The result will be Help.
Note that successful queries are always pasted into the history pane automatically so that they can be cut and pasted in the future. Another way to save and retrieve complex scripts is through the use of script files, as described below.
Running Interactive Scripts
You can now run some of the scripts from the TestPak. The
music_recording_dates.sql script demonstrates the ability of Super*SQL
to generate web formatted reports. If you open up this file in an
editor you will notice the following lines (not every line is
set format HTML;
column TRACK_NAME HEADING Song Title;
HTML <IMG SRC="beatles.gif">;
HTML <h3>Recording Dates</h3>;
The first line indicates that output will be spooled to a file
rather than to the screen. As a result, you will not see any of
the output while the script is running. When it has completed,
you can look at the file by opening it up in a Web browser.
The next line indicates that the output should be HTML, the
language used in Web pages. The next line substitutes the column
heading "Song Title" for the column name TRACK_NAME that would be used
as the default column heading in the report. The next lines
demonstrate that raw HTML commands can be included at any point in your
script to enhance the appearance of the output. Super*SQL also
supports Cascading Style Sheets, which are discussed much more extensively in the FAQ. The last line stops spooling to the specified file and closes it.
To actually run the script, select the menu item
File > Start/Load and browse for the file music_recording_dates.sql in the testpakdir directory.
The music_recording_dates.sql script can take a minute or so
to run, depending upon the type of computer you have.
The music_album_tracks.sql script will produce a listing of all albums and tracks for the first two collections that are in the database (note that using Super*SQL this query can take several minutes depending upon the computer you have). There are several features of Super*SQL demonstrated by this script. If you open up the script file in an editor you see the following command;
COLUMN COLN_NAME HEADING 'Album Name'
As in the music_recording_dates.sql script, this command replaces the default heading for the column COLN_NAME. Another command in this file is the following;
BREAK ON COLN_NAME NODUPS ON COLN_NAME SKIP 1;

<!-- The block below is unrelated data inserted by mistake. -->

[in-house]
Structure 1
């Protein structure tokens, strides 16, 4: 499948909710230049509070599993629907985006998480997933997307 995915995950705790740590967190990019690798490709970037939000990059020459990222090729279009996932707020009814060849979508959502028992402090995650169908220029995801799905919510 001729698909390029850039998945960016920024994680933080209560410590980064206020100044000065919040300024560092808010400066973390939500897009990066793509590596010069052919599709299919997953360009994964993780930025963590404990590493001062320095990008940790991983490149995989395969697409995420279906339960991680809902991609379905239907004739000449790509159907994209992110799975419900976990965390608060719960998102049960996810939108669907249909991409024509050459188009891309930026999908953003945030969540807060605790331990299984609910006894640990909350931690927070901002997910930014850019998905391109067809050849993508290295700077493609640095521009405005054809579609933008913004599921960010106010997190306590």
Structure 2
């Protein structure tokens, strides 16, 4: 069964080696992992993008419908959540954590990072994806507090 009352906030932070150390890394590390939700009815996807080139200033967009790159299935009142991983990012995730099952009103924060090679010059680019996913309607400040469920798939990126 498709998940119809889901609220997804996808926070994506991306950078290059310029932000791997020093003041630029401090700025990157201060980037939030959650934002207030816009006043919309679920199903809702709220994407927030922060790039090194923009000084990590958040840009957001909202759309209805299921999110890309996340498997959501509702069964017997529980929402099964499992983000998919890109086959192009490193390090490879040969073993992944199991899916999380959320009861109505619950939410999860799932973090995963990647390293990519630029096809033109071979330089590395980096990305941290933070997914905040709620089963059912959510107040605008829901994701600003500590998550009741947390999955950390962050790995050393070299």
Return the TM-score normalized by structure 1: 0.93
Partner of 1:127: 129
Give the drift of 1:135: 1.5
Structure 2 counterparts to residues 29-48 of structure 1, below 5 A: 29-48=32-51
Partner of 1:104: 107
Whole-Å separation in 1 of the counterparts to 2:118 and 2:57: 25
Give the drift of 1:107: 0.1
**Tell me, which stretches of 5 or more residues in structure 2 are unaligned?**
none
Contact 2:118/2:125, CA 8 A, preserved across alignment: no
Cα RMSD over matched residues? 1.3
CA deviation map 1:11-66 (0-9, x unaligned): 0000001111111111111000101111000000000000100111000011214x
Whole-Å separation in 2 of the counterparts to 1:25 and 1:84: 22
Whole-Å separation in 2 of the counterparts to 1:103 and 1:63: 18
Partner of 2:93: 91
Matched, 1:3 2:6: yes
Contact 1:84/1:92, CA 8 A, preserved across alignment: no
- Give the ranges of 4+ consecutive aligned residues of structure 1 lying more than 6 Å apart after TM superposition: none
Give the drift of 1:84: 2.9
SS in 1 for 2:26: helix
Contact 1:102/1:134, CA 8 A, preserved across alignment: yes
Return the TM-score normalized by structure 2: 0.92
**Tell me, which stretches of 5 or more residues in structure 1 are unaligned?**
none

This command causes two actions to take place when a "break" occurs on the column COLN_NAME. A "break" occurs when the column changes value. The command specifies that duplicate values for the column will NOT be repeated. This command produces a more visually appealing and more easily understood output. The second action is that an additional blank line is output before the line which has a changed value for COLN_NAME.
Finally, the following command is used to produce subtotals.
COMPUTE ON COLN_NAME SUM TRACK_LEN;
This command causes the sum of the track lengths to be displayed at the end of each album (that is, every time the value for COLN_NAME changes). This will be the total playing time for each album.
The music_albums_with.sql script demonstrates the use of command line parameters. The script accepts the name of a track as a command line argument. Select File Menu > Start/Load to start the script file and enter Get Back when prompted.
Alternatively, you can start it by typing in the command;
start testpakdir\music_albums_with 'Get Back'; Windows
start testpakdir/music_albums_with 'Get Back'; Linux/Unix
The command would produce the following output.
Starting/loading file D:\supersql\testpak\music_albums_with.sql
Get Back Let It Be
Get Back The Beatles - 1
Get Back Let It Be - Naked
Get Back Get Back
4 rows selected
Connecting to other databases (Oracle, MySQL, SQL Server, etc.)
You must close down Super*SQL and start it up again to create a connection to a different database system (this will change in the commercial release). Choose "New In order to make the physical connection, Super*SQL will require access to the applicable JDBC Driver files for your particular database system. Super*SQL has been extensively tested with the following drivers;
Database Driver files URL
http://otn.oracle.com/software/tech/java/sqlj_jdbc/htdocs/jdbc817.html - requires registration with OTN (free).
MS SQL Server msbase.jar,mssqlserver.jar,msutil.jar
http://www.microsoft.com/downloads - search for the current location of the JDBC drivers
Access (or any other ODBC datasource) no additional driver file required.
In order to make the physical connection, Super*SQL will require access to the applicable JDBC Driver files for your particular database system. Super*SQL has been extensively tested with the following drivers;
Super*SQL should work with any later version of these drivers, or with other 3rd party drivers. However, there are differences in the implementation of drivers that can sometimes cause problems. If you run into anything weird, send a report to [email protected].